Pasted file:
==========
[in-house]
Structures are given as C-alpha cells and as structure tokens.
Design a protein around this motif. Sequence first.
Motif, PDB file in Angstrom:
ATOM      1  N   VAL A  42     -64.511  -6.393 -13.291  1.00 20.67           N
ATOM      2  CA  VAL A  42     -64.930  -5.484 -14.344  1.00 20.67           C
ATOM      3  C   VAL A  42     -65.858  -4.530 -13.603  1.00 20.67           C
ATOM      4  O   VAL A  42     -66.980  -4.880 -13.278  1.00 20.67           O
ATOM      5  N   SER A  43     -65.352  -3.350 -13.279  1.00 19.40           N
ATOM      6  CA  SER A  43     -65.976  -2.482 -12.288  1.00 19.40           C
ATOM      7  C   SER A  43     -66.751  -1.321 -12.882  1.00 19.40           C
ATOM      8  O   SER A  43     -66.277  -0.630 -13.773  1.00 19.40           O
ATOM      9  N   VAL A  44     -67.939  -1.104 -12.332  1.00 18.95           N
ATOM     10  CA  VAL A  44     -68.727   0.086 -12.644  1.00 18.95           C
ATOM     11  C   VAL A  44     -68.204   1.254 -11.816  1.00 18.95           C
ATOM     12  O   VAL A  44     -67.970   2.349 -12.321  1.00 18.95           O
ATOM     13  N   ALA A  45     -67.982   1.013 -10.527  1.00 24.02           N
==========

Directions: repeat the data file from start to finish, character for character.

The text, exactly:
[in-house]
Structures are given as C-alpha cells and as structure tokens.
Design a protein around this motif. Sequence first.
Motif, PDB file in Angstrom:
ATOM      1  N   VAL A  42     -64.511  -6.393 -13.291  1.00 20.67           N
ATOM      2  CA  VAL A  42     -64.930  -5.484 -14.344  1.00 20.67           C
ATOM      3  C   VAL A  42     -65.858  -4.530 -13.603  1.00 20.67           C
ATOM      4  O   VAL A  42     -66.980  -4.880 -13.278  1.00 20.67           O
ATOM      5  N   SER A  43     -65.352  -3.350 -13.279  1.00 19.40           N
ATOM      6  CA  SER A  43     -65.976  -2.482 -12.288  1.00 19.40           C
ATOM      7  C   SER A  43     -66.751  -1.321 -12.882  1.00 19.40           C
ATOM      8  O   SER A  43     -66.277  -0.630 -13.773  1.00 19.40           O
ATOM      9  N   VAL A  44     -67.939  -1.104 -12.332  1.00 18.95           N
ATOM     10  CA  VAL A  44     -68.727   0.086 -12.644  1.00 18.95           C
ATOM     11  C   VAL A  44     -68.204   1.254 -11.816  1.00 18.95           C
ATOM     12  O   VAL A  44     -67.970   2.349 -12.321  1.00 18.95           O
ATOM     13  N   ALA A  45     -67.982   1.013 -10.527  1.00 24.02           N